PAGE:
THIS AND THAT: 2018 delivers several memories; 2019 looms around corner

December 29, 2018

A look at the calendar shows that there are just three days left in December and the year 2018 will be just a memory.

With 2019 looming ever so close, this is an appropriate time to look back and take stock of what has taken place over the past 12 months.

Politics in Washington, Columbia and around the world might be on some people’s look-back list. And for politicos there is much to joust about. Elections are over and the results will be with us for the next two, four and six years.

In the world of sports, if you are a Philadelphia Eagles fan you are still excited about a Super Bowl championship. Red Sox fans in Boston are reveling in a World Series win. Clemson boosters are just one win away from a national championship game. Local golfing enthusiasts are still rooting for Kevin Kisner and Scott Brown on the PGA tour.

Those interested in the natural world are talking about fierce hurricanes, wildfires, earthquakes and climate change.

While those have their place of importance in our lives, my memories of 2018 will be of a more personal nature, as I am sure most of yours will be.

My wife and I took trips to Valdosta, Georgia, the Windy City of Chicago and Fort Mill to visit our daughters and their families. There are few things more important than family, and those times together are memorable.

This was the year our youngest grandchild learned to walk. Those first tottering steps soon led to more confident strides and then to running at full speed. We were in Chicago in March just before she took that great leap from all fours to two feet. We left Aiken when spring was erupting and arrived to a decidedly winter chill without a hint of green near the shores of Lake Michigan.

In a matter of hours today we can travel farther than many people went in a lifetime just a couple of generations ago. Three hours of flying takes us to Chicago. Five hours of driving can have us at our daughter’s front door in Valdosta. This year we shared that joy of travel with our two oldest grandchildren. We took them to Alaska.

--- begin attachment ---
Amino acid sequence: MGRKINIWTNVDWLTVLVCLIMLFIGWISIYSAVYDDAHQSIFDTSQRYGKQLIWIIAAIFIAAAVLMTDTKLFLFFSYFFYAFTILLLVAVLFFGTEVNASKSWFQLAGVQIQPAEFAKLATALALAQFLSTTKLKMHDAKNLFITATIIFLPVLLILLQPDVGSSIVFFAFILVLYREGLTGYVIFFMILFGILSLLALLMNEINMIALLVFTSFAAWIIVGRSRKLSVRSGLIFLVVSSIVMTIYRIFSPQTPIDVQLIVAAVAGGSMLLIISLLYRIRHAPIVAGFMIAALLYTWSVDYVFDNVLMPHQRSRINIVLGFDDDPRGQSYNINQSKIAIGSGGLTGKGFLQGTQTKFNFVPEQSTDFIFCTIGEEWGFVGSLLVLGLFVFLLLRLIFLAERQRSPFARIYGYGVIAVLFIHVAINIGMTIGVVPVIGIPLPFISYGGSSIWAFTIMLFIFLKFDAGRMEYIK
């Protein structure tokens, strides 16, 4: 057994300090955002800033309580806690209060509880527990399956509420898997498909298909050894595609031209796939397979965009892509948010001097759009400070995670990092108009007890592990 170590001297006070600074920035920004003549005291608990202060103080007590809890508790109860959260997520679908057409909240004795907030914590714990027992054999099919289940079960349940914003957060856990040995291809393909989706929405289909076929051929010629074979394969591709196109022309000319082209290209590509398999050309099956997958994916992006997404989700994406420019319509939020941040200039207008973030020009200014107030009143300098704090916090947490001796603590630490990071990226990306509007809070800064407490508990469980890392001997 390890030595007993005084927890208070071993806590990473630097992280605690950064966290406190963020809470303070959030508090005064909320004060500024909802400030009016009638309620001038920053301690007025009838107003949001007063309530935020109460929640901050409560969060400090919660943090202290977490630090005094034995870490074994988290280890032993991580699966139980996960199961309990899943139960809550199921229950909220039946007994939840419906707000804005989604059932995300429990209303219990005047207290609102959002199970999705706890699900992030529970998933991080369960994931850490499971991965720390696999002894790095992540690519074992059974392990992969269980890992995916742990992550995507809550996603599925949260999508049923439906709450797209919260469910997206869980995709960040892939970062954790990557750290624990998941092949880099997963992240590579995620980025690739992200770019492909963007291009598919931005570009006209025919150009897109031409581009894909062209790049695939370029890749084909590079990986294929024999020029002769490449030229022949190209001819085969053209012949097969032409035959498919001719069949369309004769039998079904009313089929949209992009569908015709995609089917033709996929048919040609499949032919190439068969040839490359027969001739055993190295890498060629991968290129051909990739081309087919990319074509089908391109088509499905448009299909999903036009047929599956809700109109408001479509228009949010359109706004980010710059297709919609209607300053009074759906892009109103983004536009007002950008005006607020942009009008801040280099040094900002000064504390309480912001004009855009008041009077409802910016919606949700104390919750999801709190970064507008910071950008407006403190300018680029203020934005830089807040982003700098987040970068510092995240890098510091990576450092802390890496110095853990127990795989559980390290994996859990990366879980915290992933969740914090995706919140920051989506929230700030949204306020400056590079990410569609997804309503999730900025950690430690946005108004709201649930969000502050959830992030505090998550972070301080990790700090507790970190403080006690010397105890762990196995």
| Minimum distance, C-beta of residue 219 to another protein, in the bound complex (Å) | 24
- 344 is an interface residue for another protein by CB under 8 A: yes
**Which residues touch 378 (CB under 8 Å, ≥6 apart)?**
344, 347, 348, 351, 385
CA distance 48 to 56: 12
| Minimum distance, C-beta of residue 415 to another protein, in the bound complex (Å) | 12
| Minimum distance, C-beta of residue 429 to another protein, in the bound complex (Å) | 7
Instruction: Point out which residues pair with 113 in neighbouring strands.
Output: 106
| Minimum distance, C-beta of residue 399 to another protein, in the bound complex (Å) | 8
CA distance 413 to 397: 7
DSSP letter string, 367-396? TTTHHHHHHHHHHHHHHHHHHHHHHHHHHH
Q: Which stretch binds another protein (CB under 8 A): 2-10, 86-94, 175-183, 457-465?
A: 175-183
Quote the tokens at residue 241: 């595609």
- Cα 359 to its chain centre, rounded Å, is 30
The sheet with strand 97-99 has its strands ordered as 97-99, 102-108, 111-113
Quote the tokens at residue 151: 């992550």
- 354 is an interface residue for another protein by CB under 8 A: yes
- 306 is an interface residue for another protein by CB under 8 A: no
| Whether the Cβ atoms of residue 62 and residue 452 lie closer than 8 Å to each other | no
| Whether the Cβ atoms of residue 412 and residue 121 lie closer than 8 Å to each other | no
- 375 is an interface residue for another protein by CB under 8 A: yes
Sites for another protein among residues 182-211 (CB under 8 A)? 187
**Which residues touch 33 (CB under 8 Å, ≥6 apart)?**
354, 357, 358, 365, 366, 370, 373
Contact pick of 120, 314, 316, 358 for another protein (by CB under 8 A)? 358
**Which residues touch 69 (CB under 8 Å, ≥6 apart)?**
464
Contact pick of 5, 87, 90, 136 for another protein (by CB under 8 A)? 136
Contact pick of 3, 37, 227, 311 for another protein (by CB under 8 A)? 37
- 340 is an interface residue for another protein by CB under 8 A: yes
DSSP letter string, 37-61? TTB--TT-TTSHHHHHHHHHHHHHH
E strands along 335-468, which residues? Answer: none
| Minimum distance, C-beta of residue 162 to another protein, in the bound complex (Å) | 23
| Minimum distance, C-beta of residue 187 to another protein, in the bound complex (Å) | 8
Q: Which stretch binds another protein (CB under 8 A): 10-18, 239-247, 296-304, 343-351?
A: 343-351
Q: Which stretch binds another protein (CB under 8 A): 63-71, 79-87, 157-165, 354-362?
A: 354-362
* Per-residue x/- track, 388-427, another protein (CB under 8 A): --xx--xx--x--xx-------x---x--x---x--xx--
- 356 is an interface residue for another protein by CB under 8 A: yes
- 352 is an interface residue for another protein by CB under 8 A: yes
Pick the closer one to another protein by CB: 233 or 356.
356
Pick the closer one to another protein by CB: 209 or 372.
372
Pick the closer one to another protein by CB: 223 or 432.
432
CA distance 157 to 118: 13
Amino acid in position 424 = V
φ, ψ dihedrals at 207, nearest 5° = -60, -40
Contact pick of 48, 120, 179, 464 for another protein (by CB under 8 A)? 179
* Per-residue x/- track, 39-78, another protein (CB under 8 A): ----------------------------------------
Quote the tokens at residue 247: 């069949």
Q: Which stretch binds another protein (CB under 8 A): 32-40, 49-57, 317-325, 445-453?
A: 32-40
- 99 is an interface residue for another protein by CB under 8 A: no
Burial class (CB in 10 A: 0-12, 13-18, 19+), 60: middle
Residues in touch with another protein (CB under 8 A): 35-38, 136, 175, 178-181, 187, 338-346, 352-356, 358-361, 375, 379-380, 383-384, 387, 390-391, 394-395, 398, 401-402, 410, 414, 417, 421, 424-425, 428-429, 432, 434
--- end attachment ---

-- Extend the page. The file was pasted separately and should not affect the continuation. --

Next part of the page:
It was Carter and Gabi’s first time on an airplane. It was their first time in another country. It was their first time on a cruise ship. It was their first time to see humpback whales, orcas, sea lions, sea otters and bears. It was their first time to see glaciers calving. And they got to eat all the ice cream and pizza they wanted. What a week.

In 2018 people came up to me and asked jokingly for my autograph. My wife and I were featured on a TV ad, billboard and posters for the heart care I received at Aiken Regional. I’m still grateful for the treatment there and hope the attention from the ads has helped others.

This was a year of loss as my last two surviving aunts passed away in spring. We traveled to the city of my birth, Pittsburgh, for a combined burial for the two. Lots of family attended, and we got to see the old haunts of that city I remembered from visits to my grandparents’ home.

My friend and colleague Scott Hunter, retired publisher of the Aiken Standard, also passed away this year far too soon. His life is an example of how we should all live – as someone who made things better wherever he went and whatever he did.

On a much lighter note, we got to spend a day with Thomas the Engine in Union, Illinois, along with two of our grandchildren. They were mesmerized by Thomas and all the things surrounding that day.

We spent a weekend in Spartanburg for Mary Lou’s 50th high school class reunion. The city has changed since the days we regularly visited her family, and today it is a destination with a vibrant downtown.

In August, Mary Lou and I attended the wedding of a young woman we refer to as our Kenya daughter. We met Kyler in Africa on a mission trip and have kept in touch since. The weekend in Fort Worth, Texas, was fascinating as we got to sit on a longhorn steer, view dinosaur tracks in a river bed, eat Texas barbecue and even venture north to Oklahoma.

September gave me a chance to go to Atlanta and the new SunTrust Park where the Braves play. We watched them in a memorable game against the Boston Red Sox who two months later won the World Series. The Braves led 7-1 in the eighth inning but lost 9-8 after a (depending on your point of view) 1) late-inning Atlanta collapse or 2) familiar Red Sox comeback.

Later that month Mary Lou and I went to Valdosta and watched our grandson catch a pass for his Hahira Middle School team in an 18-0 victory that was called with two seconds left in the half because of lightning in the area.

Louisville, Ky., was a long weekend destination with seven USC Aiken students for the College Media Association Convention. In days of old having that many people in a van for a nine-hour trip would have provided a medium for lots of conversation. Today there was lots of activity on electronic devices. And, since they are college students in the middle of a semester, there was a lot of sleeping.

November, of course, afforded us an opportunity to give thanks with family as our Valdosta crew arrived to celebrate Thanksgiving with us.

And now with December about to end, there is Christmas and its joyous message to conclude the year and start another. We spent Christmas with family and loved having all of our daughters, their husbands and children together for a few days. There is nothing better than time with family.

I wish for you warm memories of 2018 and great anticipation for the upcoming year, 2019. Happy New Year.

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